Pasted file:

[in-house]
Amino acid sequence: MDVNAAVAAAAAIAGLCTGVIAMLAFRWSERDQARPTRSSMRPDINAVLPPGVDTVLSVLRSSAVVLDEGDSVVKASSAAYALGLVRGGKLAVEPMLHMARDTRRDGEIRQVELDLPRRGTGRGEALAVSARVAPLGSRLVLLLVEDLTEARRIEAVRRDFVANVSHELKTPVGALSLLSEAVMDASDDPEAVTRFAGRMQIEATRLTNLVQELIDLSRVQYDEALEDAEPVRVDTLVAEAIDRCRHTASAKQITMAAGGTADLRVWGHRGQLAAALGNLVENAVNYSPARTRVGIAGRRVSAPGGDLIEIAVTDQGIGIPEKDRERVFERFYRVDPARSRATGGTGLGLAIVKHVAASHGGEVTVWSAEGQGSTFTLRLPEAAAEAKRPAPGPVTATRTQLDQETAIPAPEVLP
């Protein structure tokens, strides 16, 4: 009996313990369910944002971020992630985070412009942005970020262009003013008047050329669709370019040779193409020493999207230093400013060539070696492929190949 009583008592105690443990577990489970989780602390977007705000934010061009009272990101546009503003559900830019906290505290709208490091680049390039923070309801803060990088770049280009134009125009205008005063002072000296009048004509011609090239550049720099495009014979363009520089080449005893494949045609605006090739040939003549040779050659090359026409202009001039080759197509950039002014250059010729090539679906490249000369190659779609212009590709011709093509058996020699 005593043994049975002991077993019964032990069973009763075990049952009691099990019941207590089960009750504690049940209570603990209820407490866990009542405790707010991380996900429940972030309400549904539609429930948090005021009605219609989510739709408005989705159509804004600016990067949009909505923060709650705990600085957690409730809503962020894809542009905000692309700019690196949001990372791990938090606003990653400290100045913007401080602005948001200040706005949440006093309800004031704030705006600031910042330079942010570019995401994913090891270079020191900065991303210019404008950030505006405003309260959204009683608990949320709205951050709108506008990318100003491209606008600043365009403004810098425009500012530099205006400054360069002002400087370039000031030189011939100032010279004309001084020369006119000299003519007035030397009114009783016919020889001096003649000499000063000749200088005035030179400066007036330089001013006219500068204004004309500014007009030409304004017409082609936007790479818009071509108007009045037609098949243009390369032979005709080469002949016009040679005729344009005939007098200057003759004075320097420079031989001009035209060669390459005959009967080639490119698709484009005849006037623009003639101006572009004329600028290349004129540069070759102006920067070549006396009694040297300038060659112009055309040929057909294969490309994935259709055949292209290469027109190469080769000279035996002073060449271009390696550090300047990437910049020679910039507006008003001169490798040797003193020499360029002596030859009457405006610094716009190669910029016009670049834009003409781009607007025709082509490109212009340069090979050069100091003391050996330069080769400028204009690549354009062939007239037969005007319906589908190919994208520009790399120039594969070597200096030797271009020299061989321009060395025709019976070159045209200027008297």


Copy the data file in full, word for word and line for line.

[in-house]
Amino acid sequence: MDVNAAVAAAAAIAGLCTGVIAMLAFRWSERDQARPTRSSMRPDINAVLPPGVDTVLSVLRSSAVVLDEGDSVVKASSAAYALGLVRGGKLAVEPMLHMARDTRRDGEIRQVELDLPRRGTGRGEALAVSARVAPLGSRLVLLLVEDLTEARRIEAVRRDFVANVSHELKTPVGALSLLSEAVMDASDDPEAVTRFAGRMQIEATRLTNLVQELIDLSRVQYDEALEDAEPVRVDTLVAEAIDRCRHTASAKQITMAAGGTADLRVWGHRGQLAAALGNLVENAVNYSPARTRVGIAGRRVSAPGGDLIEIAVTDQGIGIPEKDRERVFERFYRVDPARSRATGGTGLGLAIVKHVAASHGGEVTVWSAEGQGSTFTLRLPEAAAEAKRPAPGPVTATRTQLDQETAIPAPEVLP
């Protein structure tokens, strides 16, 4: 009996313990369910944002971020992630985070412009942005970020262009003013008047050329669709370019040779193409020493999207230093400013060539070696492929190949 009583008592105690443990577990489970989780602390977007705000934010061009009272990101546009503003559900830019906290505290709208490091680049390039923070309801803060990088770049280009134009125009205008005063002072000296009048004509011609090239550049720099495009014979363009520089080449005893494949045609605006090739040939003549040779050659090359026409202009001039080759197509950039002014250059010729090539679906490249000369190659779609212009590709011709093509058996020699 005593043994049975002991077993019964032990069973009763075990049952009691099990019941207590089960009750504690049940209570603990209820407490866990009542405790707010991380996900429940972030309400549904539609429930948090005021009605219609989510739709408005989705159509804004600016990067949009909505923060709650705990600085957690409730809503962020894809542009905000692309700019690196949001990372791990938090606003990653400290100045913007401080602005948001200040706005949440006093309800004031704030705006600031910042330079942010570019995401994913090891270079020191900065991303210019404008950030505006405003309260959204009683608990949320709205951050709108506008990318100003491209606008600043365009403004810098425009500012530099205006400054360069002002400087370039000031030189011939100032010279004309001084020369006119000299003519007035030397009114009783016919020889001096003649000499000063000749200088005035030179400066007036330089001013006219500068204004004309500014007009030409304004017409082609936007790479818009071509108007009045037609098949243009390369032979005709080469002949016009040679005729344009005939007098200057003759004075320097420079031989001009035209060669390459005959009967080639490119698709484009005849006037623009003639101006572009004329600028290349004129540069070759102006920067070549006396009694040297300038060659112009055309040929057909294969490309994935259709055949292209290469027109190469080769000279035996002073060449271009390696550090300047990437910049020679910039507006008003001169490798040797003193020499360029002596030859009457405006610094716009190669910029016009670049834009003409781009607007025709082509490109212009340069090979050069100091003391050996330069080769400028204009690549354009062939007239037969005007319906589908190919994208520009790399120039594969070597200096030797271009020299061989321009060395025709019976070159045209200027008297």